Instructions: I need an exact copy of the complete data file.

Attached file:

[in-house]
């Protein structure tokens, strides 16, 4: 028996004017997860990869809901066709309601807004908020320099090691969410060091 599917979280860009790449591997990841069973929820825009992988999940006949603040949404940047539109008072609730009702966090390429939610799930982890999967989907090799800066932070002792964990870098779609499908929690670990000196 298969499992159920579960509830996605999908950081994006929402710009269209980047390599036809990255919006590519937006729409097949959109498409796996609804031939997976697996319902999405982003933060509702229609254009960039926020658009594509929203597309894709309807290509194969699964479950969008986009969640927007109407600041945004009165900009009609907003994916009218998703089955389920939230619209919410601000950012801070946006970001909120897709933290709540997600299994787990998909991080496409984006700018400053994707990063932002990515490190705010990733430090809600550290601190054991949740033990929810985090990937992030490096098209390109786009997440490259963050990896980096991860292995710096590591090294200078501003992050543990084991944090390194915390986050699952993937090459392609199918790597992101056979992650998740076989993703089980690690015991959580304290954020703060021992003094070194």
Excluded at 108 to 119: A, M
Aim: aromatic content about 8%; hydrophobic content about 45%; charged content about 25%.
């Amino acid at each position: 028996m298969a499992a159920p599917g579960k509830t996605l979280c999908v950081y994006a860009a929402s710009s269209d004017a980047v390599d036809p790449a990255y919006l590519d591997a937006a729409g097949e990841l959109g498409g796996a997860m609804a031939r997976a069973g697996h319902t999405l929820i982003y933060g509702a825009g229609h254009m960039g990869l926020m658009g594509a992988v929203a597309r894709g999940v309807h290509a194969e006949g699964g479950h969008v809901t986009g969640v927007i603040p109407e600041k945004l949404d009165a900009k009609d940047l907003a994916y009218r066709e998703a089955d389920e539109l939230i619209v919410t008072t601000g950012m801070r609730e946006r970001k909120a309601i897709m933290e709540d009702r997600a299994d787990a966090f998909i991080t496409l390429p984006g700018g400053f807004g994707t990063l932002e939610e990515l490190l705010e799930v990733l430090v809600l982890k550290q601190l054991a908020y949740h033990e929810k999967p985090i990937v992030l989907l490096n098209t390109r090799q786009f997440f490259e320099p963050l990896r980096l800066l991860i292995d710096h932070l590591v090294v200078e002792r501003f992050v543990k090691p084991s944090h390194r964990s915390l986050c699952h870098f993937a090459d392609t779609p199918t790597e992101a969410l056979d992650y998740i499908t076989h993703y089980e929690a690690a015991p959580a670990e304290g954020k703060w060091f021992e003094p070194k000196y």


[in-house]
């Protein structure tokens, strides 16, 4: 028996004017997860990869809901066709309601807004908020320099090691969410060091 599917979280860009790449591997990841069973929820825009992988999940006949603040949404940047539109008072609730009702966090390429939610799930982890999967989907090799800066932070002792964990870098779609499908929690670990000196 298969499992159920579960509830996605999908950081994006929402710009269209980047390599036809990255919006590519937006729409097949959109498409796996609804031939997976697996319902999405982003933060509702229609254009960039926020658009594509929203597309894709309807290509194969699964479950969008986009969640927007109407600041945004009165900009009609907003994916009218998703089955389920939230619209919410601000950012801070946006970001909120897709933290709540997600299994787990998909991080496409984006700018400053994707990063932002990515490190705010990733430090809600550290601190054991949740033990929810985090990937992030490096098209390109786009997440490259963050990896980096991860292995710096590591090294200078501003992050543990084991944090390194915390986050699952993937090459392609199918790597992101056979992650998740076989993703089980690690015991959580304290954020703060021992003094070194």
Excluded at 108 to 119: A, M
Aim: aromatic content about 8%; hydrophobic content about 45%; charged content about 25%.
């Amino acid at each position: 028996m298969a499992a159920p599917g579960k509830t996605l979280c999908v950081y994006a860009a929402s710009s269209d004017a980047v390599d036809p790449a990255y919006l590519d591997a937006a729409g097949e990841l959109g498409g796996a997860m609804a031939r997976a069973g697996h319902t999405l929820i982003y933060g509702a825009g229609h254009m960039g990869l926020m658009g594509a992988v929203a597309r894709g999940v309807h290509a194969e006949g699964g479950h969008v809901t986009g969640v927007i603040p109407e600041k945004l949404d009165a900009k009609d940047l907003a994916y009218r066709e998703a089955d389920e539109l939230i619209v919410t008072t601000g950012m801070r609730e946006r970001k909120a309601i897709m933290e709540d009702r997600a299994d787990a966090f998909i991080t496409l390429p984006g700018g400053f807004g994707t990063l932002e939610e990515l490190l705010e799930v990733l430090v809600l982890k550290q601190l054991a908020y949740h033990e929810k999967p985090i990937v992030l989907l490096n098209t390109r090799q786009f997440f490259e320099p963050l990896r980096l800066l991860i292995d710096h932070l590591v090294v200078e002792r501003f992050v543990k090691p084991s944090h390194r964990s915390l986050c699952h870098f993937a090459d392609t779609p199918t790597e992101a969410l056979d992650y998740i499908t076989h993703y089980e929690a690690a015991p959580a670990e304290g954020k703060w060091f021992e003094p070194k000196y």